|What does the term “foodie” mean to you?|
Foodie means a lot of different things to a lot of different people. To some, it may indicate a higher standard in dining preference, perhaps a snobbery or sense of superiority regarding what one allows to pass through his or her digestive track. To others, the term foodie may describe a person who eats anything and everything, from dirty New York City street food to experimental molecular gastronomy concoctions—if it’s edible, eat it.
In a way, we’re all foodies. We all have our own preferences and dislikes. But to me, the word foodie describes someone who merely cares more about food than your average three-meals-a-day
eater. While the term “foodie” still leaves me with a sense of elitist discomfort, I believe the word has taken on a new meaning, and with it, a new responsibility in the twenty-first century New York dining scene.
Factories, machines, and science have taken over the production of foods that were historically grown on farms and cultivated by humans. The tomatoes we’re eating at one of New York’s most popular restaurants may be modified genetically, or transported thousands of miles to reach our
mouths, leaving a disgusting carbon footprint before reaching a perfectly designed plate.
Too much of the meat served at high-traffic Manhattan establishments was raised in ethically amoral environments, traumatizing both the animals and humans involved in the production of the steaks and foie gras we’re savoring at dinner on a Saturday night
As a new foodie, I’ve deemed it my responsibility to make informed choices about what and where I eat. This could mean shopping at the farmer’s market or nearby food co-op, or perhaps cooking out of Daniel Humm’s new cookbook, I <3 NY, which features local and sustainable ingredients as centerpieces in his recipes.
|Cooking at home is one way to control what you eat.|
I’ve made several food rules for myself, many of which are contradictory and some of which rarely make sense to anyone outside myself. But hey, we can’t all be perfect. When given the choice, I do not eat meat (which is almost always possible in the NYC dining scene), and I will refuse to eat any meat that has come from a factory farm. Due to a strange combination of government subsidies and American taste preferences, I often end up covering the bigger half of the bill with my veggie options, but feeling better and ethically accountable for the food I’m eating makes me feel like the best food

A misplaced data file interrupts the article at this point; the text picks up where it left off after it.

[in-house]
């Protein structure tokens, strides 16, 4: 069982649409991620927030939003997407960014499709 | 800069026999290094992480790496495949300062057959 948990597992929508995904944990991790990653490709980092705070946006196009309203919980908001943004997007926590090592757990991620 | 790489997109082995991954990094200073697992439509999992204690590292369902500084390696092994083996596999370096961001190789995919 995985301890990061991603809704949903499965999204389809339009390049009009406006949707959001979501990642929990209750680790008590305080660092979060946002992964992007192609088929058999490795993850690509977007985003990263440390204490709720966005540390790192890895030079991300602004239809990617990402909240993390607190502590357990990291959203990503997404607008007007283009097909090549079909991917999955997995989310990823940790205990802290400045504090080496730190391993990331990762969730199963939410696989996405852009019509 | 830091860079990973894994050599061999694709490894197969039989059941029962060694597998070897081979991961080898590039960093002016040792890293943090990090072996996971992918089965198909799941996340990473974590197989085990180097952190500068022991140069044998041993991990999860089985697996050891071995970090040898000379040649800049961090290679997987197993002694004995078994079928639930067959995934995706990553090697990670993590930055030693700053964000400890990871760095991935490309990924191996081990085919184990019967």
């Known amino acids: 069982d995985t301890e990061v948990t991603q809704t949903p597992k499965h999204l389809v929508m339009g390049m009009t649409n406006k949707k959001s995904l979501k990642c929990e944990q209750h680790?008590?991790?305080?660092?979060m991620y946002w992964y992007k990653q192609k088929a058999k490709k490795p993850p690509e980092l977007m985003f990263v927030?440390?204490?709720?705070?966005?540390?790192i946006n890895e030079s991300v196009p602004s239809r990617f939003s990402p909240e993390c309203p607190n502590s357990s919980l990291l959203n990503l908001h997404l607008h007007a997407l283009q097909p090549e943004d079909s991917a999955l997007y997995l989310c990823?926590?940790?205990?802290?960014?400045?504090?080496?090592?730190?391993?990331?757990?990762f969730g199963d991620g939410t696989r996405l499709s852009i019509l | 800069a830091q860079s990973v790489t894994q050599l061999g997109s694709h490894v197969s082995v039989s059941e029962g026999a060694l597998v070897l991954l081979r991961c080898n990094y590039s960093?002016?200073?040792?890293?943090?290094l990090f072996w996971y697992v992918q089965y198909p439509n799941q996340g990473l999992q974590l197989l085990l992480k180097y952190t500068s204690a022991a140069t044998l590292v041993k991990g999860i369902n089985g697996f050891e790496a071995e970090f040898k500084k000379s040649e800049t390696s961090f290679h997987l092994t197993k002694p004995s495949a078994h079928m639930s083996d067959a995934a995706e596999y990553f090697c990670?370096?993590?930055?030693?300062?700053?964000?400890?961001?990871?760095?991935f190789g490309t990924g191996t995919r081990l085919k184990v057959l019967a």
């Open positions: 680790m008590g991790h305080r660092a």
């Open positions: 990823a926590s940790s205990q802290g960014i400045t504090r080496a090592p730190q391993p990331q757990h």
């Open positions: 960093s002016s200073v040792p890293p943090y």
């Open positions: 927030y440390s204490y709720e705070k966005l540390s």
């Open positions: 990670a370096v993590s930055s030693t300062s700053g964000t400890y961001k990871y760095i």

lover I can be.
|Quinoa Salad from ‘sNice–-via Yelp|
|Thai Papaya Salad at Pukk–via Yelp|
When eating out, it’s important not to be shy about asking questions, such as where the ingredients are from (grown or purchased), if your dish is made from scratch, and if any of the ingredients have been previously frozen. Of course, at a reputable dining institution, you should assume the best, but I’ve been to many a recommended restaurant that served pre-made pesto or an appetizer that had probably seen better days.
Reading reviews is certainly a great way to find new restaurants and dishes. Web resources, such as eatwellguide.org, aid in locating restaurants that promote local and organic.
|Local tomatoes from the Union Square Greenmarket–-credit|
You wouldn’t buy a house or car without researching its background, so why not do the same with the food you’re putting in your body on a daily basis? Dig a little deeper. Look into where the food in a dish originated before you order it. Fresh ingredients – produced humanely and sustainably – make your dining experience that much more valuable and the food taste that much better. Isn’t that what being a foodie is really about?
|via Eleven Madison Park|